At the end of the 90s and the start of the 2000, the scene was dominated by charismatic personalities. These have been replaced by less colourful people in a never ceasing performance spiral.
But maybe I'm just old fashioned, and probably this is simply something that belongs to this modern era and its character.
Also I have, because of various personal circumstances, such as more work, had less time to focus on bigger or smaller rocks, but even if the process has changed, it doesn't mean it has become less productive.
Back in 2000 you made the FA of Brad Pitt sds and since then it has only seen one repeat. I saw some photos back then and it looked like you used the original jump beta. Why?
At the time, during our stay in England, I absolutely wanted to climb Brad Pitt in the original way. If only because Ben [Moon] and Jerry [Moffat] had run a bet about whether Jason Myers' problem was doable or not.
After three hours or so, I could repeat the problem in the original way, and well... as there was a possible sit start...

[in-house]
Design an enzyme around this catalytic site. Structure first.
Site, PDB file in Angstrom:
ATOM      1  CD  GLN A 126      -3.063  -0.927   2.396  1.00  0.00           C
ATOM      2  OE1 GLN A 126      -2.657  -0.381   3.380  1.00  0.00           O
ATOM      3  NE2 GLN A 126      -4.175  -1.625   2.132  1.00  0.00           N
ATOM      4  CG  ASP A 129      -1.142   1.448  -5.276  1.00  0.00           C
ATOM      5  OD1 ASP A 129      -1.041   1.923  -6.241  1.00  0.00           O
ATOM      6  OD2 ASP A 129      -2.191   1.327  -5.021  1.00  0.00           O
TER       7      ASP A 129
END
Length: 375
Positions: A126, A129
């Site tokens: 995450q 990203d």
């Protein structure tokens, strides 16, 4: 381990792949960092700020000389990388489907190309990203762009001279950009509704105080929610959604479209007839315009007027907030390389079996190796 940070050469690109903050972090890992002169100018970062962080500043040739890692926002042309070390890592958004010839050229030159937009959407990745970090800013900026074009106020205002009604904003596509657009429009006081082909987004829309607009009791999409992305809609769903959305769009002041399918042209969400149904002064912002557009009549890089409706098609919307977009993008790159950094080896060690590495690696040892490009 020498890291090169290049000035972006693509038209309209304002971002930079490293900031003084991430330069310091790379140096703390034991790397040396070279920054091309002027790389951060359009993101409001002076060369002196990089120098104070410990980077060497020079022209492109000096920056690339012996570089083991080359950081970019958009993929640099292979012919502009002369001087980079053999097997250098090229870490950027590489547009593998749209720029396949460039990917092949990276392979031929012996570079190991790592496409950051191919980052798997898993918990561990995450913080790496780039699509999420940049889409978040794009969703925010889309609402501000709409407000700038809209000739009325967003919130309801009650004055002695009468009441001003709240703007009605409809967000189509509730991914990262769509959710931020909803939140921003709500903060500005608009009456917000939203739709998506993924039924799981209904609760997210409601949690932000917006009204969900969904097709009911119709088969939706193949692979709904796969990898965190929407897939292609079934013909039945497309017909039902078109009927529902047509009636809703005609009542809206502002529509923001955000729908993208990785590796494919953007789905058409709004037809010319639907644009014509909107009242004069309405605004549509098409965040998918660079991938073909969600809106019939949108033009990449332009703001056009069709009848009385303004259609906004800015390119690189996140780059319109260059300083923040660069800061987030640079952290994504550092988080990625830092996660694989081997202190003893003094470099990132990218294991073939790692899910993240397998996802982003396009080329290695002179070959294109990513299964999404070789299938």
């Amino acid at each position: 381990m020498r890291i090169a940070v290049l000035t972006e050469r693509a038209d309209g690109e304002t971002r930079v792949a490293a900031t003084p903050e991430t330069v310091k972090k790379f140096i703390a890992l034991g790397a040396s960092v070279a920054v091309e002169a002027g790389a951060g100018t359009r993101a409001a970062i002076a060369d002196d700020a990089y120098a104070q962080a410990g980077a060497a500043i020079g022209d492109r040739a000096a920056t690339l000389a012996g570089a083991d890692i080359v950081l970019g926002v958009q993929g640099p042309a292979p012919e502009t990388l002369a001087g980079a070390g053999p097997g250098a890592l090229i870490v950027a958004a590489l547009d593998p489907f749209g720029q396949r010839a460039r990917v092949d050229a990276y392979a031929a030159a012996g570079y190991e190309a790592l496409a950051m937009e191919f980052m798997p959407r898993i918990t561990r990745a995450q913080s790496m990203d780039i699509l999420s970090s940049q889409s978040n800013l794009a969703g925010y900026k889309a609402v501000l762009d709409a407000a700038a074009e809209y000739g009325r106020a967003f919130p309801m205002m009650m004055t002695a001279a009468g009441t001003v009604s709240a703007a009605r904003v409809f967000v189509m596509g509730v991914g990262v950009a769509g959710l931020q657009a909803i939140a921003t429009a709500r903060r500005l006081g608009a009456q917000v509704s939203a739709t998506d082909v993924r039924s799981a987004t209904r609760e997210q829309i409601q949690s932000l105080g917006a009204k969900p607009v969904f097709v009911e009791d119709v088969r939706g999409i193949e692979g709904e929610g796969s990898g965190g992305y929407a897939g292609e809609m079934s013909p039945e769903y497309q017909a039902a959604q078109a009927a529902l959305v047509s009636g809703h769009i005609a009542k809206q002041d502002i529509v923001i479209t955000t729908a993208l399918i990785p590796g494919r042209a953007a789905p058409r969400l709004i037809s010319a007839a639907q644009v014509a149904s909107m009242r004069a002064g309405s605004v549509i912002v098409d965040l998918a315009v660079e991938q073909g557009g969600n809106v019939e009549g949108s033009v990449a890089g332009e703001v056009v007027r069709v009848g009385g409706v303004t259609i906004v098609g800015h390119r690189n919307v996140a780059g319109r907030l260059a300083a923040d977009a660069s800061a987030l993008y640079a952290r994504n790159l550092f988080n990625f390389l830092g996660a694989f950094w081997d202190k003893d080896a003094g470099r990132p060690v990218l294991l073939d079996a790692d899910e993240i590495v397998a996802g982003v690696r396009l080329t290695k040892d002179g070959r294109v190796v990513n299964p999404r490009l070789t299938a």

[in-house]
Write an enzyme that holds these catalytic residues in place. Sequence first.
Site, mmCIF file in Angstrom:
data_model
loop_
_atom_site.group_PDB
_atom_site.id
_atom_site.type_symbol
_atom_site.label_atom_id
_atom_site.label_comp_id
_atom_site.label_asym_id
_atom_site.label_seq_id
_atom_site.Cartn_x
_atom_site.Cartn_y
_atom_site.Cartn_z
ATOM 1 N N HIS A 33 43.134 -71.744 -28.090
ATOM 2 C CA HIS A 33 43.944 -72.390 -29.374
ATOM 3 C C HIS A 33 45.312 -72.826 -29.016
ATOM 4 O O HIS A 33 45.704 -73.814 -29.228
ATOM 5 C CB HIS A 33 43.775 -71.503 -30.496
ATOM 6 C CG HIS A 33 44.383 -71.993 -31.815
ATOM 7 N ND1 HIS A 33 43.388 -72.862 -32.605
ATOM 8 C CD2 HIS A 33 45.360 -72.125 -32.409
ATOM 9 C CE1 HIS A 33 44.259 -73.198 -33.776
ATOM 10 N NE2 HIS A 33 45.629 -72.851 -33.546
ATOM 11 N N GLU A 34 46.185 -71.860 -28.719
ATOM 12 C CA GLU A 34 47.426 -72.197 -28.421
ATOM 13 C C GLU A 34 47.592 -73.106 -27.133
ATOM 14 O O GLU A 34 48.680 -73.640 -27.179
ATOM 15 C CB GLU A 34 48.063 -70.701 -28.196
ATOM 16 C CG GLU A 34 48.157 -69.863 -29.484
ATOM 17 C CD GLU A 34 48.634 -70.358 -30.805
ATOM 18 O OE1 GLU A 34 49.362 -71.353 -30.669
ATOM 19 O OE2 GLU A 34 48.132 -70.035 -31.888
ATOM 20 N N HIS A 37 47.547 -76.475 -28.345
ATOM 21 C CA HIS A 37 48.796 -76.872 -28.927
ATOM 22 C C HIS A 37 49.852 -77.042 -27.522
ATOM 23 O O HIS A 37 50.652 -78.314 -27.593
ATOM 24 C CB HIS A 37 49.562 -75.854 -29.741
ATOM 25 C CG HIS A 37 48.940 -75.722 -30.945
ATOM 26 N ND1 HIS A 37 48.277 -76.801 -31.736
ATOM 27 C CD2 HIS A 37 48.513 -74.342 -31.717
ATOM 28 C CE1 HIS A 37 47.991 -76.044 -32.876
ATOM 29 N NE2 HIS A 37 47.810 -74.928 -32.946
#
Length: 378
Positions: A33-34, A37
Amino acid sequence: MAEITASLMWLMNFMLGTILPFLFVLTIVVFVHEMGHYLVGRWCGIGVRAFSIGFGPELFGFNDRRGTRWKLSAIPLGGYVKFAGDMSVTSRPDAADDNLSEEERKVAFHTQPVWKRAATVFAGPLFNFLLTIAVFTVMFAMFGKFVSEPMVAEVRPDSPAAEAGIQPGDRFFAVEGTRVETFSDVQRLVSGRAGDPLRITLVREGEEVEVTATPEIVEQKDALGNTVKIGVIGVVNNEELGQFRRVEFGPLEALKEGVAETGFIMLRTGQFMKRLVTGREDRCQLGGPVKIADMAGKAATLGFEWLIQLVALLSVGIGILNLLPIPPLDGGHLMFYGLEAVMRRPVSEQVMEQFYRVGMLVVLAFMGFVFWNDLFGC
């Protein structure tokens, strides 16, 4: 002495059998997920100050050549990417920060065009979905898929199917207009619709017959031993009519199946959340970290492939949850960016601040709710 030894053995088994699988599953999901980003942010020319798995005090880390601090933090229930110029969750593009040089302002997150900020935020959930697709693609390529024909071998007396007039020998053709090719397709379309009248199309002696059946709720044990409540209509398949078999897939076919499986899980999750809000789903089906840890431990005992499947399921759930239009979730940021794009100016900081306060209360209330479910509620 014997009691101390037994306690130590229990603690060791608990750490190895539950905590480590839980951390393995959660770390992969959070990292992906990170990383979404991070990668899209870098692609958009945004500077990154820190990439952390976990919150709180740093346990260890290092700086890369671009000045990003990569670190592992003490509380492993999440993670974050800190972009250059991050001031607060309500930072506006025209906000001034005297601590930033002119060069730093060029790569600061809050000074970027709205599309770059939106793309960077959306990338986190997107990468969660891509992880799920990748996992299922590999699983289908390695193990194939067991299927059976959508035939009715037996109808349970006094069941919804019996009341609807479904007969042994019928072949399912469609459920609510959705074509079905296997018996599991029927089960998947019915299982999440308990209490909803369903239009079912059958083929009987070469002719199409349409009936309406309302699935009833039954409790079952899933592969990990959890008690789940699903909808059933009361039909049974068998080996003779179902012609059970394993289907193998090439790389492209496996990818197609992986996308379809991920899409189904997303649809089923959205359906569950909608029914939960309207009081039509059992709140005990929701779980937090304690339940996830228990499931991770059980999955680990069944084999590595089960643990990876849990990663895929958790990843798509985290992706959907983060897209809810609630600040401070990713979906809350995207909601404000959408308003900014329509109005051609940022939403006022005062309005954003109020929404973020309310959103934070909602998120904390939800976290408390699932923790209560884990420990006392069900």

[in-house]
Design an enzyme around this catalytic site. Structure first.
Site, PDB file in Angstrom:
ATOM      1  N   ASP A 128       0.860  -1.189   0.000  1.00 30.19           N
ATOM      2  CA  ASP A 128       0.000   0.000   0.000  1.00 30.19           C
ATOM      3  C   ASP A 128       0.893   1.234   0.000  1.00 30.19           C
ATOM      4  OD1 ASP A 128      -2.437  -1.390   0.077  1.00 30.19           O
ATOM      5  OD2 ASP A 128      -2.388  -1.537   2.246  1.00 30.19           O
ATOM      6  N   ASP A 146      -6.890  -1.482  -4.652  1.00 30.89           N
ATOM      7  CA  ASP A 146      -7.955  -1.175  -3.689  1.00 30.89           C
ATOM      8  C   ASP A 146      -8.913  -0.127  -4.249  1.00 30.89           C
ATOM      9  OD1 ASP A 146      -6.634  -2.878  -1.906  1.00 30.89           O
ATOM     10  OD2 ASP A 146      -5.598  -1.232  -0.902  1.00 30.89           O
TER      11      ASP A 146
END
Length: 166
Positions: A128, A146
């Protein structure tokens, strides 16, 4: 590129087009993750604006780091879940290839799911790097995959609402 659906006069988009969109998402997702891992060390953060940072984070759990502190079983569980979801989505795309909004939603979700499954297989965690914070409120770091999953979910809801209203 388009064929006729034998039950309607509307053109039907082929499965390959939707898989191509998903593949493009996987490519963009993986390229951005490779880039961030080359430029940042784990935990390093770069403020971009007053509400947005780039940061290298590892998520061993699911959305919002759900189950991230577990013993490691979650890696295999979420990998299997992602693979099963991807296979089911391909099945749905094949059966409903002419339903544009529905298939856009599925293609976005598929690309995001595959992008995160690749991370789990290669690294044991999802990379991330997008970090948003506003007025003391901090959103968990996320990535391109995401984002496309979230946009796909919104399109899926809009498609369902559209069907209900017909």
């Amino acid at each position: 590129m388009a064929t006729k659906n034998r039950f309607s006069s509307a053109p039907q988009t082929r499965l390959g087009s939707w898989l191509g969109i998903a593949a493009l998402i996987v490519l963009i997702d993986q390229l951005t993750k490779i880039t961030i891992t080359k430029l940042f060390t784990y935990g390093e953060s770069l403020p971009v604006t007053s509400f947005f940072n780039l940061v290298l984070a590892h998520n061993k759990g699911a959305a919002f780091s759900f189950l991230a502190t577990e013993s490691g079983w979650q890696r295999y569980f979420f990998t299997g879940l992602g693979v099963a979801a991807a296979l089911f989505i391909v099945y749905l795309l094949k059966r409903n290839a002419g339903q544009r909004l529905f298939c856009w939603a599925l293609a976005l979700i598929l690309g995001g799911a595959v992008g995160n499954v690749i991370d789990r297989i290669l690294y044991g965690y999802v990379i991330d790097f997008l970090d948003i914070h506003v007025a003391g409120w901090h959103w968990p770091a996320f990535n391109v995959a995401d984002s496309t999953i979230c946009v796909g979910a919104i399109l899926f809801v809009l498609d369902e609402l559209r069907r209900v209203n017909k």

Two underclings, a set up move and a dyno...
I think Ron Fawcett was pleased at the time. An unknown German, and a sit start as the, at the time, most difficult boulder problem in the Peak...
"You must be very strong, man.", was Ben's comment.
But the development never stops, some time my variation of this problem will be repeated, or maybe it already has been, when the conditions are right and some dynamic guy with the right body type comes along.
That time, I was also lucky enough to be given information about some open boulder project. It was a great vacation in many ways.
When the climbing magazine On The Edge asked me for photos I was happy, and a whole series of photos from Brad Pitt were published.
Sometime we all want a piece of the glory...
But at the end of the day I can say that what's the most valuable to me is a good talk with a friend, a healthy amount of self-criticism and, of course, self-irony.
Despite all that we do to ourselves and how much time and thought we dedicate to become better at climbing or bouldering, it's still not that important.
But it is a wonderful waste of time!